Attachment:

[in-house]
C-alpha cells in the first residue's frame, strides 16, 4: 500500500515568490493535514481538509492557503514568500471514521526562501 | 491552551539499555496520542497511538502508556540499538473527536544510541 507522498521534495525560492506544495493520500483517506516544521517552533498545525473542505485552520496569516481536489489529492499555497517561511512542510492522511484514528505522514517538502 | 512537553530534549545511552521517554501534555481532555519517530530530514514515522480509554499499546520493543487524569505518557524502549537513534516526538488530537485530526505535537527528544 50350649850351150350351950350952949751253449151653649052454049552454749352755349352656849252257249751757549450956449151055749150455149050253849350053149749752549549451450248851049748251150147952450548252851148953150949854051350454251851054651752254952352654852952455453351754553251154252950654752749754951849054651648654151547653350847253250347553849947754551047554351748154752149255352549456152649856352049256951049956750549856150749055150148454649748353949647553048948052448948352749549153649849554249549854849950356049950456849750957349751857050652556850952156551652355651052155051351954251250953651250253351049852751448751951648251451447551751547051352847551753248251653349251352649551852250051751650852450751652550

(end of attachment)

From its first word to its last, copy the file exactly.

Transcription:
[in-house]
C-alpha cells in the first residue's frame, strides 16, 4: 500500500515568490493535514481538509492557503514568500471514521526562501 | 491552551539499555496520542497511538502508556540499538473527536544510541 507522498521534495525560492506544495493520500483517506516544521517552533498545525473542505485552520496569516481536489489529492499555497517561511512542510492522511484514528505522514517538502 | 512537553530534549545511552521517554501534555481532555519517530530530514514515522480509554499499546520493543487524569505518557524502549537513534516526538488530537485530526505535537527528544 50350649850351150350351950350952949751253449151653649052454049552454749352755349352656849252257249751757549450956449151055749150455149050253849350053149749752549549451450248851049748251150147952450548252851148953150949854051350454251851054651752254952352654852952455453351754553251154252950654752749754951849054651648654151547653350847253250347553849947754551047554351748154752149255352549456152649856352049256951049956750549856150749055150148454649748353949647553048948052448948352749549153649849554249549854849950356049950456849750957349751857050652556850952156551652355651052155051351954251250953651250253351049852751448751951648251451447551751547051352847551753248251653349251352649551852250051751650852450751652550